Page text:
No wonder we’re all going mad.  And no wonder some poor slobs still prefer newsprint! Take the present writer, for example. I happen to like the smell of ink. I enjoy the feel of real paper between my fingers.  It’s rather nice to set a physical newspaper off to the side of one’s toast and coffee at the breakfast table. It’s worry free. No keyboard for wayward crumbs to sabotage; no motherboard to short out when the two-year-old decides to share her juice with everyone at the table simultaneously.

Without humming or buzzing at anyone, and without so much as a mention of those gorgeous Russian women waiting patiently in their cardboard boxes to be shipped directly to you if you click HERE, newsprint is under our control, relaxing and gentle on the nerves. One can even communicate with one’s wife without fear of frightening her with that zombie-like cyber-face she's come to loathe so well. 

Sanity and good sense should have us all clamoring for more time offline. After all, the effects of too much time online are beginning to manifest themselves in all sorts of eerie ways that, if this were TV, would long since have cued Rod Sterling to make his entrance. 

Obviously, the Internet is still no man’s land. We have no idea what psychological damage may result from its prolonged use. Cyber addiction is very real, and few can honestly claim to be immune. And yet publications that have no Internet presence and no E-edition are making themselves unmarketable to a rapidly growing segment within the ever dwindling demographic that still reads anything at all. Making The Remnant marketable to them is a fairly simple way to broaden the defense of the Cause while bringing much-needed revenue to a Remnant urgently seeking new ways of keeping itself afloat when many small market newspapers have already sunk beneath the waves.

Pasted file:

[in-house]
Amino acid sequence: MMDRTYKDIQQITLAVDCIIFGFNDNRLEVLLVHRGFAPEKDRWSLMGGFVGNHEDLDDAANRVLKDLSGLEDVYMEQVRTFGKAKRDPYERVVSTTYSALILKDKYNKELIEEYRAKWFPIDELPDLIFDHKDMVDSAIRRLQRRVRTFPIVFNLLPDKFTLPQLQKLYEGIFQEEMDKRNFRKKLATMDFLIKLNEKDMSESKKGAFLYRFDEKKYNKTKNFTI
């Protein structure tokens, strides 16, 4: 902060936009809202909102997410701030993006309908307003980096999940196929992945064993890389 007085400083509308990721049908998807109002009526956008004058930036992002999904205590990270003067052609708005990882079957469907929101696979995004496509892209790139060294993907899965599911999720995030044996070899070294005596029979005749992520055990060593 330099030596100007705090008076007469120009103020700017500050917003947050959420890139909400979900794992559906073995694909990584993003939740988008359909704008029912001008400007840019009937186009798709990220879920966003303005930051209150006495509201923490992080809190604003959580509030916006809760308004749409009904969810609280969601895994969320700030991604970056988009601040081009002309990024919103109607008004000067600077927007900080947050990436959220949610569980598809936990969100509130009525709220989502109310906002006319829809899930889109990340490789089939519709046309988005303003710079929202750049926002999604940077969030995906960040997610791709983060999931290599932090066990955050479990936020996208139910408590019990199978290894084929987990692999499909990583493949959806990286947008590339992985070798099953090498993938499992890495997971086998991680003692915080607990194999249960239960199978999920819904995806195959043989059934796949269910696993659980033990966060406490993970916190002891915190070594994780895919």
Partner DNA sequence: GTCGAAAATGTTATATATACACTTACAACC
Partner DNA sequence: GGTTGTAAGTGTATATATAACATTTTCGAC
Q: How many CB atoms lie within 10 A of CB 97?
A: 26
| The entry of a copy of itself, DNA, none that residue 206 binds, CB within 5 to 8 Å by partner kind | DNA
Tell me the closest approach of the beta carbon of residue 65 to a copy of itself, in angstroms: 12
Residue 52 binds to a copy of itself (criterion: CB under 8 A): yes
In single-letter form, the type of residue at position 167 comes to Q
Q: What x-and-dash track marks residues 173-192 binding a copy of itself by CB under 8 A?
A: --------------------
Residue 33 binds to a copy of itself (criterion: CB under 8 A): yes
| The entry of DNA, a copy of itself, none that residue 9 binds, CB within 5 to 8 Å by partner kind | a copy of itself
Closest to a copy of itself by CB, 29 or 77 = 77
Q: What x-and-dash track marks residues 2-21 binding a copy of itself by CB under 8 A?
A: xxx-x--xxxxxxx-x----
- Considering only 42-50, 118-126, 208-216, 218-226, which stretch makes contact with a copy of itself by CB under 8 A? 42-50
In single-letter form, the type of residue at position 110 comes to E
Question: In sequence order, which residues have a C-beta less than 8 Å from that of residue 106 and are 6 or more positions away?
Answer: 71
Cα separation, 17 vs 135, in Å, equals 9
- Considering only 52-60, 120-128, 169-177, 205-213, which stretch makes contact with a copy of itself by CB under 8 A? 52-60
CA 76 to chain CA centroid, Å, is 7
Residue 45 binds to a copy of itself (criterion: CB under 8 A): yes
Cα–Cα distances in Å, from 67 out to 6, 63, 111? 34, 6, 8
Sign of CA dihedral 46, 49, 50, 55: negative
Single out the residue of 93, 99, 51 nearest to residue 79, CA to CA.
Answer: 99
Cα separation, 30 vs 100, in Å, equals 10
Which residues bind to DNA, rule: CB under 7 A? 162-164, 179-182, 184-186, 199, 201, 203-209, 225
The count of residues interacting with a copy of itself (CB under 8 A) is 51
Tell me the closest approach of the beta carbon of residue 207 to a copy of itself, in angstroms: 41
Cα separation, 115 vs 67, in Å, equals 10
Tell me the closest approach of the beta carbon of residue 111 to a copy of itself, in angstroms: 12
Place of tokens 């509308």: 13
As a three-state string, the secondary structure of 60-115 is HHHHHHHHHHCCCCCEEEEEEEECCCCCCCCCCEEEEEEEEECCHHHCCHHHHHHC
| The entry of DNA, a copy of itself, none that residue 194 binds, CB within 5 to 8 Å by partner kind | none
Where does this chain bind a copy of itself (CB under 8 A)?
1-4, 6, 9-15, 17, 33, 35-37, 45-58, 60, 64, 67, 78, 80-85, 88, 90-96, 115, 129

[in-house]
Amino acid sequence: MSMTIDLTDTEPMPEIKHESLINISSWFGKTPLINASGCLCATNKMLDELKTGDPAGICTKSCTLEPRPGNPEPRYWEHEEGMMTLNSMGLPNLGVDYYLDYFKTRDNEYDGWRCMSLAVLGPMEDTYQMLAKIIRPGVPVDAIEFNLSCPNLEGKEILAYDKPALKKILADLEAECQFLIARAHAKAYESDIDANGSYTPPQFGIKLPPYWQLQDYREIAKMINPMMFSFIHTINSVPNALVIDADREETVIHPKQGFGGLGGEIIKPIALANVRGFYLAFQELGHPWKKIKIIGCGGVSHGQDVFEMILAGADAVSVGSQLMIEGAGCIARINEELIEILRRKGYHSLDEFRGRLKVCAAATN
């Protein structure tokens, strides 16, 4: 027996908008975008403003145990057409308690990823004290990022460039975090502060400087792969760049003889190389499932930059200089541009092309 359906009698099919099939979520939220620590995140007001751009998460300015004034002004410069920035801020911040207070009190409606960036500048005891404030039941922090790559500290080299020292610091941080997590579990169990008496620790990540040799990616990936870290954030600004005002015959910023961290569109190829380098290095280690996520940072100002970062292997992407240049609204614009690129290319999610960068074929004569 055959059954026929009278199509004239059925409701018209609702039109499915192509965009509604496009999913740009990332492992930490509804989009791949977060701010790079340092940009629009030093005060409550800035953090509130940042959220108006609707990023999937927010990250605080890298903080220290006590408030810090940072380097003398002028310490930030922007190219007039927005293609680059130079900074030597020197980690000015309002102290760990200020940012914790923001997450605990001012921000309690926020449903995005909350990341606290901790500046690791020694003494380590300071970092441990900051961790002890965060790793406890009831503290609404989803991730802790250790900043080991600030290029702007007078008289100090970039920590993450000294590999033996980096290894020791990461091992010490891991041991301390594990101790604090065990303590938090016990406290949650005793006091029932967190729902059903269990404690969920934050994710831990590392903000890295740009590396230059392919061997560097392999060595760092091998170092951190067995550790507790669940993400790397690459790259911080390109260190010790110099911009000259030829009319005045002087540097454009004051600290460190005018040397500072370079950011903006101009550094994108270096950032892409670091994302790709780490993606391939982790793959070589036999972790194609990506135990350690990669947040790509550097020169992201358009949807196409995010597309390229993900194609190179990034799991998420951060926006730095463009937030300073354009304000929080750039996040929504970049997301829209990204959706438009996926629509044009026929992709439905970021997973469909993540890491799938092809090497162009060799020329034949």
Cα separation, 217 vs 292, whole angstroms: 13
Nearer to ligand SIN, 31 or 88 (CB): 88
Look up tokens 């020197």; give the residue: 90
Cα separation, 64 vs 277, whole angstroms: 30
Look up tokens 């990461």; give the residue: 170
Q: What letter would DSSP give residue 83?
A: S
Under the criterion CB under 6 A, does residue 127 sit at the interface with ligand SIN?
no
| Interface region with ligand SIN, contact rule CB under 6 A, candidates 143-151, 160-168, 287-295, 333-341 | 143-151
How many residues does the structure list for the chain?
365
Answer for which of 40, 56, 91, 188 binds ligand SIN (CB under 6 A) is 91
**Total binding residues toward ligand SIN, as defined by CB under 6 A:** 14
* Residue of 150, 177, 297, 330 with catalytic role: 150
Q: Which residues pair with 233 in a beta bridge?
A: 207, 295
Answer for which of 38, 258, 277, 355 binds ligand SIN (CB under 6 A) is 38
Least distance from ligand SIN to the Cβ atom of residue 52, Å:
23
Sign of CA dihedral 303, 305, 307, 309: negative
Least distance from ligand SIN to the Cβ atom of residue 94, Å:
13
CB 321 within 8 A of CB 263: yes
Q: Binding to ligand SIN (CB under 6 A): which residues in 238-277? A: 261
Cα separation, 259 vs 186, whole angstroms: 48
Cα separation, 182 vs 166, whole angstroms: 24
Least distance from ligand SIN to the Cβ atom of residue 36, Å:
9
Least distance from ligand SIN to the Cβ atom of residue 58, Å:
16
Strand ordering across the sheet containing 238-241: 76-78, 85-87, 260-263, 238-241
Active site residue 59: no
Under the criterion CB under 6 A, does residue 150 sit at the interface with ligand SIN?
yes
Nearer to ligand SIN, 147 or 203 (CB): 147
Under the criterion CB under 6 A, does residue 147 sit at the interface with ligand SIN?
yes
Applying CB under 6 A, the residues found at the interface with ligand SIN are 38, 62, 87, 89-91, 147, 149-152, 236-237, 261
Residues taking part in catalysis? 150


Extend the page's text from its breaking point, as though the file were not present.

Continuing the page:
The Remnant is digging in, fighting back, and reaching out in defense of all things truly Catholic. Please give us a hand by spreading the word that we’re now online.

The Pilgrimage to Chartres, France

The U.S. Chapter of Our Lady of Guadalupe, 2009

The 2011 Pilgrimage to Chartres, France will mark the 20th Anniversary of the U.S. Chapter of Our Lady of Guadalupe. The dates of Notre-Dame de Chrétienté Pentecost Pilgrimage to Chartres are June 11, 12 and 13, and The Remnant Tours will again be organizing the U. S. Chapter. 

The dates for the entire Remnant pilgrimage are June 8 thru June 19, 2011.  To celebrate our 20th Anniversary, we will return to the holy places  we first visited twenty years ago. These will include Chartres, of course, Nevers (the body of St. Bernadette), Lyon, Ars (the church and home of the Cure of Ars), Paray-le-Monial (Heart of St. Marguerite-Marie Alacoque, Sacred Heart devotion), La Salette (Marian apparition site at the “top of the world” in the French Alps) and Notre-Dame du Laus (in the most beautiful Valley of the Flowers in the Alps where Our Lady also appeared, and where we hope to conduct next year’s European Remnant Forum).

John Rao, Christopher Ferrara, James Bogle will again be among the guides and historians who will help lead this pilgrimage. Please look for our upcoming ads for more details. The cost of the entire tour/pilgrimage (including airfare) will not exceed $3000. For more information please click here. Registration is on a first come/first serve basis.  To reserve your seat, please send a nonrefundable down payment of $400 to The Remnant Tours, PO Box 1117, Forest Lake, MN 55025, email us at [email protected], or telephone us at: 651-204-0145.

The Summer Symposium on Lake Garda now Available on CD and MP3 CD

The Roman Forum’s Summer Symposium in Gardone Riviera, Italy this past July was a monumental success. (See report and video log.)   Each lecture is now available for $7 on a standard CD and the entire Symposium is available on two MP3 CDs for just $30. (An MP3 CD is a compact disc that contains digital audio in the MP3 file format. Recordings can be played on any DVD player, your computer and MP3 players in more recent home and auto CD exchangers.) Please click here for pricing, ordering and availability.